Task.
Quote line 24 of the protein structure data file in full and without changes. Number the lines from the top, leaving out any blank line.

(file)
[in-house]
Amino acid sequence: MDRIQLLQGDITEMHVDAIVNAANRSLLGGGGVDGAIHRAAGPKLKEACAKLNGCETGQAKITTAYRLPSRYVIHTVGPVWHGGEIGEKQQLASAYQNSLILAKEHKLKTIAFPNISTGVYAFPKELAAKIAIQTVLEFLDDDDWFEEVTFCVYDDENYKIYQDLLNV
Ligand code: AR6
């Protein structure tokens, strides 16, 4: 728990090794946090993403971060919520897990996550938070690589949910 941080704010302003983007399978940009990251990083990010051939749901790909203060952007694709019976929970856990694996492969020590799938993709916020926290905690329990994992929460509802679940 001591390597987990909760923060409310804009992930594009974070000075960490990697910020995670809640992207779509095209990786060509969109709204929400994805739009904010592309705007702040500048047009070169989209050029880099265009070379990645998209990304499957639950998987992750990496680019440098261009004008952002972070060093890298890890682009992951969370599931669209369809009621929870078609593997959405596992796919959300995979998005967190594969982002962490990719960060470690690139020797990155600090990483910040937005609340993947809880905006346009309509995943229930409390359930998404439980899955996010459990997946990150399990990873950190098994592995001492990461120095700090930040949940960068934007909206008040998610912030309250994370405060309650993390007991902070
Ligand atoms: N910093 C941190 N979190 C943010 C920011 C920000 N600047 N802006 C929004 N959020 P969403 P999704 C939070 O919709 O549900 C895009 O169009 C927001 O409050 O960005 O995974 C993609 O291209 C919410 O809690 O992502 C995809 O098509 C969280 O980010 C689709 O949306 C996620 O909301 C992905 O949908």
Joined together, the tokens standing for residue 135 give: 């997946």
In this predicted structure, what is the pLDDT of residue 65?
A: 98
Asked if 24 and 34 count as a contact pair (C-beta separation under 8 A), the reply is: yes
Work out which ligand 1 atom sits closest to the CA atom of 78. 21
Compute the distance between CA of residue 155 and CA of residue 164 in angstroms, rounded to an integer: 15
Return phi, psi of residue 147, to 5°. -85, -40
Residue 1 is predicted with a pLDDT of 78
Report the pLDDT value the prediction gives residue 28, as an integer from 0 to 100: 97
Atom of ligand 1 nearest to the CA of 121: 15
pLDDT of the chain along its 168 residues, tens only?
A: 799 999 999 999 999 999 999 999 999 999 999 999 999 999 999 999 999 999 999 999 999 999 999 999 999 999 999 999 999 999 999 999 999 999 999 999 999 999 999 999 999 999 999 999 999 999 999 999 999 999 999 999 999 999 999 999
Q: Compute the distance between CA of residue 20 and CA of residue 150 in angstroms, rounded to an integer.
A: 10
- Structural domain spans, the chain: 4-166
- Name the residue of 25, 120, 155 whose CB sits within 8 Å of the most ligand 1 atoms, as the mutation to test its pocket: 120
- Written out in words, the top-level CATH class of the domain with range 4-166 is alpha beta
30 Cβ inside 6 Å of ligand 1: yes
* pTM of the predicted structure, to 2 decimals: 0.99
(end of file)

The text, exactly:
* pTM of the predicted structure, to 2 decimals: 0.99